Gigabyte Z690 Aorus Pro motherboard review – PC Gamer

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The Gigabyte Aorus Pro sits in a Z690 sweet spot that combines value for money and a core feature set into a well-rounded package.
The Gigabyte Aorus Pro sits in a Z690 sweet spot that combines value for money and a core feature set into a well-rounded package.
Four M.2 slots
13 rear USB ports
Strong VRM
Lots of grey metal might not blend into your build
WiFi 6 only
Intel’s 12th Gen CPUs are pretty darn fast, and now that the 65W CPUs have been released, there are some really affordable options. Sadly, Z690 motherboards have taken a big step up in price since last generation. Though there’s some value to be found, especially if you don’t care for expensive high-end exclusives such as Thunderbolt 4 or 10G LAN.
The Gigabyte Z690 Aorus Pro will set you back $330 (£290, $569 AUD) and in years past, that would have been high end pricing, but in today’s market that’s positively mid range. If you’re a gamer looking to build a 12th Gen rig, the Aorus Pro will tick most of the boxes. And rather than spending big on an unnecessarily high-end motherboard, you’ll be able to divert the savings over to that other price-inflated necessity, a GPU.
It’s worth noting that while we’re reviewing the Aorus Pro DDR5 model, there’s also a DDR4 version. Sadly, though it’s easily found in my native Australia, is not available in the US or the EU. That’s a real shame as the Aorus Pro DDR4 looks like it’s one of the better featured DDR4 boards, though I guess we can understand the desire to keep the DDR4 models more on the budget end of things.
The DDR5 version of the board features a highly contrasting design, with lots of grey heatsinks. Though a lot of the grey chipset and M.2 cooling will be hidden beneath a GPU, it might not be the easiest board to blend in with your build. There’s also minimal RGB lighting with just a tiny Aorus logo atop the rear I/O heatsink. That’s rare for a gaming motherboard in 2022. There are four RGB headers, though, with two of them being addressable, so you can still add plenty of flashy illumination if you really want.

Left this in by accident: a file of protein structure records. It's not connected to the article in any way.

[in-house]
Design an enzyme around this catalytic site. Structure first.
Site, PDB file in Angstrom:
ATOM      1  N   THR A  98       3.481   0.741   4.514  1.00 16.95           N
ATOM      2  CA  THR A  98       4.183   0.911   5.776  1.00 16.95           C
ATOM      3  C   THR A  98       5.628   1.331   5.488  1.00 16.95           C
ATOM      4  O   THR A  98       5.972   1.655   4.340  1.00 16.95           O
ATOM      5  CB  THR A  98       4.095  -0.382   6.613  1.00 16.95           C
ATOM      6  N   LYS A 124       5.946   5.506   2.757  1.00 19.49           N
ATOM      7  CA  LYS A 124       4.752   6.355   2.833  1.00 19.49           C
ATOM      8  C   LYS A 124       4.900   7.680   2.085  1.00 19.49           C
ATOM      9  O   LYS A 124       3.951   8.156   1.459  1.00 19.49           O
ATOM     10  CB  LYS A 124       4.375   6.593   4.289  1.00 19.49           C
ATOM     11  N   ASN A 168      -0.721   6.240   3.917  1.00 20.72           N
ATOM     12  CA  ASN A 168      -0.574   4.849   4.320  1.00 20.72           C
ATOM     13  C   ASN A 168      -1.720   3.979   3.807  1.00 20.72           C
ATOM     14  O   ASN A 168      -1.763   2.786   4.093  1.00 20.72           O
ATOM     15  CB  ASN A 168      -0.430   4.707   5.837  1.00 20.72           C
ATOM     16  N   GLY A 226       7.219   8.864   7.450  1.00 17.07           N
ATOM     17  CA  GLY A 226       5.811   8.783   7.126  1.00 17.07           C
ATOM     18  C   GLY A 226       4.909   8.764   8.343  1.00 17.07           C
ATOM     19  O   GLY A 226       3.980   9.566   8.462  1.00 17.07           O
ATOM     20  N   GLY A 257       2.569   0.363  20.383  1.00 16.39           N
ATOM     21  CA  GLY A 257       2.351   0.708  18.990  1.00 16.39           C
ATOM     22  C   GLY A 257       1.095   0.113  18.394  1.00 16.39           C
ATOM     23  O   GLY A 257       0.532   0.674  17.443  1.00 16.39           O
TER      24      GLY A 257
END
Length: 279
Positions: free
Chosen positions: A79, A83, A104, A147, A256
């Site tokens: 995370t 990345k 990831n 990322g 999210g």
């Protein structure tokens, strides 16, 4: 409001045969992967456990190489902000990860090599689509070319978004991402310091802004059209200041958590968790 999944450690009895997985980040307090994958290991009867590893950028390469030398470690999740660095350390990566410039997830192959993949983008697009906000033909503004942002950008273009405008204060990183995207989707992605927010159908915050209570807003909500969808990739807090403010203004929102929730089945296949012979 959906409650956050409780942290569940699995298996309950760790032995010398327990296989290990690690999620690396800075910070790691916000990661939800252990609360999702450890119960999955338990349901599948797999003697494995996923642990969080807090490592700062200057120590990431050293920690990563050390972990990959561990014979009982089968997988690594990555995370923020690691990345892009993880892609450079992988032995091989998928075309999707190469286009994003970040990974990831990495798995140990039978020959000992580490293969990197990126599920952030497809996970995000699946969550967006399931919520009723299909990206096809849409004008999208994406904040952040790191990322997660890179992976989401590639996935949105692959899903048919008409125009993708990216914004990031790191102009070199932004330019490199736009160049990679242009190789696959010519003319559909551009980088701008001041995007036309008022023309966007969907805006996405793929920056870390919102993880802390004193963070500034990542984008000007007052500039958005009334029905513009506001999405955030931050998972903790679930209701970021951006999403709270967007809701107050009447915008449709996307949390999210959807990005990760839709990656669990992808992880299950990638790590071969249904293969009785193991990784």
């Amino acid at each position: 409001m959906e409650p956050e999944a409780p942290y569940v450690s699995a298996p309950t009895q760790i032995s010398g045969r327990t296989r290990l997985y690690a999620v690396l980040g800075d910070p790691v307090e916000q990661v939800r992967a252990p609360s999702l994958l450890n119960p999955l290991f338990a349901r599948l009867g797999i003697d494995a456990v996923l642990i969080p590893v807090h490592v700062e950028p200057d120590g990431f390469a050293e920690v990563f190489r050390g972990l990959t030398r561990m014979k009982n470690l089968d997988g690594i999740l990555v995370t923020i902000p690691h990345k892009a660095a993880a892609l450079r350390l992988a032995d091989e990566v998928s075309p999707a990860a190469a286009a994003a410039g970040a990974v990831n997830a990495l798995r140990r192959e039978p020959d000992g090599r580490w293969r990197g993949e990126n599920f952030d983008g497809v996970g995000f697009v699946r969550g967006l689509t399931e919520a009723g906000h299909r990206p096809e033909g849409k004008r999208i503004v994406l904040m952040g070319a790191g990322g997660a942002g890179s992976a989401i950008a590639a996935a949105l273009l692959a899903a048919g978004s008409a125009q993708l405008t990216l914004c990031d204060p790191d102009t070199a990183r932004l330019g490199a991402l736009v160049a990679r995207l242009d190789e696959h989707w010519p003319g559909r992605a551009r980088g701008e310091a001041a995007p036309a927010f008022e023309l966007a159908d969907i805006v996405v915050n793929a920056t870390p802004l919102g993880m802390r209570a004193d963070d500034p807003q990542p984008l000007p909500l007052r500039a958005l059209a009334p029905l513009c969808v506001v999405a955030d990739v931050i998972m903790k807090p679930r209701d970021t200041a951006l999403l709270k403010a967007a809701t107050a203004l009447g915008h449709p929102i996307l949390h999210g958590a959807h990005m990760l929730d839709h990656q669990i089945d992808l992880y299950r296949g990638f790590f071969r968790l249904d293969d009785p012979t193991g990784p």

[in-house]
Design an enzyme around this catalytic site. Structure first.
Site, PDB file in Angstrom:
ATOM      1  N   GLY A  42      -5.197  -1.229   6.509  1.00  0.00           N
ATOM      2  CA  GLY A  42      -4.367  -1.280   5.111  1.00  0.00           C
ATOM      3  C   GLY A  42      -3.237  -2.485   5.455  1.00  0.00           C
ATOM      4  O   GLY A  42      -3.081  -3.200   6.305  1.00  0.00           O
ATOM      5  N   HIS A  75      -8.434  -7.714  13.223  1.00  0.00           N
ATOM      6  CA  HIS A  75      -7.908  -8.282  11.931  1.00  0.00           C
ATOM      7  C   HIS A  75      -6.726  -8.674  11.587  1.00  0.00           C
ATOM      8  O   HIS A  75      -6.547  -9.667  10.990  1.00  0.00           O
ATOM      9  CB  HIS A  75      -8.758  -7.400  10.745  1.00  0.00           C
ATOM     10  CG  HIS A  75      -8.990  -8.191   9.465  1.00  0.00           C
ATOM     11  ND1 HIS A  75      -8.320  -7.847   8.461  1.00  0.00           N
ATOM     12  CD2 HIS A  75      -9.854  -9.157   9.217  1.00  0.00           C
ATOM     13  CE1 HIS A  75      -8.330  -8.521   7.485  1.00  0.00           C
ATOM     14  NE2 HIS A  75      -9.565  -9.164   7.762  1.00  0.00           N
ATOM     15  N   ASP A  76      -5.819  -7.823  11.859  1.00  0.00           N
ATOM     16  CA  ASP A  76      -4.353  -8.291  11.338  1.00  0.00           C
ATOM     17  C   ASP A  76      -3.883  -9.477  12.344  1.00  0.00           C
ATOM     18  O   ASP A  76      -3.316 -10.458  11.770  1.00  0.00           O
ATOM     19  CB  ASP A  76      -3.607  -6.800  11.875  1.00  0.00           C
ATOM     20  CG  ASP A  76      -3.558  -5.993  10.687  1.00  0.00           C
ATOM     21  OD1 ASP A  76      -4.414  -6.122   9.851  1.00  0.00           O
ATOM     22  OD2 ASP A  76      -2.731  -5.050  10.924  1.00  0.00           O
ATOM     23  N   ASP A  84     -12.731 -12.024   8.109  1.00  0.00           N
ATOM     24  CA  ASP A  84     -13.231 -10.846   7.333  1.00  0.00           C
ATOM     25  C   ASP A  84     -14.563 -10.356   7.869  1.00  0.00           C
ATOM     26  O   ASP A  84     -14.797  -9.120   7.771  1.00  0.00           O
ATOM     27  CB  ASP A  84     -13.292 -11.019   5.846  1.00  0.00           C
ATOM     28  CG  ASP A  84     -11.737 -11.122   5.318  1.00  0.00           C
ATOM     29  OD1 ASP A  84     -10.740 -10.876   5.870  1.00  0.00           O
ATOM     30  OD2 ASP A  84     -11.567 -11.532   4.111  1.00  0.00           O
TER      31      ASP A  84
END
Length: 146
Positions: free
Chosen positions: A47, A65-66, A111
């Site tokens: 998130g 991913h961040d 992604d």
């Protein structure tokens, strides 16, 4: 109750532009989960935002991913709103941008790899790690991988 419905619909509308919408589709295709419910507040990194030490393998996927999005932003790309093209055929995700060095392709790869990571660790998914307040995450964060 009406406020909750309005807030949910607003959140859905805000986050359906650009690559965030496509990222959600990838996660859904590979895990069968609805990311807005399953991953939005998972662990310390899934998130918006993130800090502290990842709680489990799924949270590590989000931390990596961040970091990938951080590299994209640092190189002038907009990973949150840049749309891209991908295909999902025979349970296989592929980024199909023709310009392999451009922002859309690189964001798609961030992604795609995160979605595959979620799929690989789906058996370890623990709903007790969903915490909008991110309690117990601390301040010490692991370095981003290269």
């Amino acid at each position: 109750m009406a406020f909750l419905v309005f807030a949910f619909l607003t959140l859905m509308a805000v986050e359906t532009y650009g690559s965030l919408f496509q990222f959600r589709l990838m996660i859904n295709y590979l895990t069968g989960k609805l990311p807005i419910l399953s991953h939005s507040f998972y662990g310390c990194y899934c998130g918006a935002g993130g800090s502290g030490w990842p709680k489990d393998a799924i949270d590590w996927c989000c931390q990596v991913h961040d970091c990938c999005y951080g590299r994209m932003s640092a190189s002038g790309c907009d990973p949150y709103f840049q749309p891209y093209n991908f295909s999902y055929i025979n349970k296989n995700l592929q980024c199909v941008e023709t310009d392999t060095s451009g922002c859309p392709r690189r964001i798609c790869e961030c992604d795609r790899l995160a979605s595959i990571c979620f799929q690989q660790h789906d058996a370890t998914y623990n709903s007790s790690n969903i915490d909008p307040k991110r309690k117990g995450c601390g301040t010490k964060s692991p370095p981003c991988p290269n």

Socket: Intel LGA 1700
CPU compatibility: Intel 12th Gen
Form factor: ATX
Memory support: Up to DDR5-6200(OC), Up to 128GB
Storage: 4x M.2; 6x SATA
USB: Up to 2x USB 3.2 Gen2x2, 4x USB 3.2 Gen 2, 6x USB 3.1 Gen 1, 8x USB 2.0
Display: 1x DP 1.4
Networking: Intel Wi-Fi 6; Intel i225V 2.5G LAN
Audio: Realtek ALC4080 7.1 Channel HD Audio
Price: $330 | £290 | $569AU
The board itself comes with a single PCIe 5.0 x1x slot plus another two further PCIe 3.0 x16 physical slots that operate at x4 electrically. There are six SATA ports, seven fan headers, plus another for a water pump. A power button and debug LED are also welcome additions at this mid range Z690 price point.
One of the strengths of the Z690 chipset is its wider chipset-to-CPU DMI link, which runs at PCIe 4.0 x8. That’s double the bandwidth of the PCIe 3.0 x8 link of the last-gen Z590 chipset. This means the chipset is capable of running more devices simultaneously with fewer compromises. In addition to the primary CPU connected PCIe 4.0 M.2 slot, the Aorus Pro comes with a further three slots which all run at PCIe 4.0 x4, and all of which have heatsinks. If you use them all, however, you’ll need to have good airflow to prevent them absorbing heat from a GPU when you’re gaming.
The Aorus Pro comes with a strong VRM and it’s likely this was designed with AVX-512 loads in mind prior to its late official removal by Intel. The overpowered VRM systems are certainly part of the reason that Z690 boards are more expensive than their Z590 predecessors. The Aorus Pro’s 16+3 phase VRM with 90A stages would have been exclusive to high end boards just a couple of years ago. With 1440A on tap, even an LN2 overclock isn’t beyond the board. Air and water coolers will run into CPU cooling limits well before the board itself is stressed.
Gigabyte Z690 Aorus Pro motherboard
The heatsinks are effective, but we’re sorry to see Gigabyte didn’t include the finned heat sinks of the higher tier Aorus boards. When subjected to a VRM torture test the Aorus Pro returned a peak temperature of 57°C. That’s about the middle of the pack, but 8°C hotter than the excellent finned heat sink of the Aorus Master. As long as your airflow is adequate, the VRM of the Aorus Pro will easily handle an overclocked Core i9 12900K.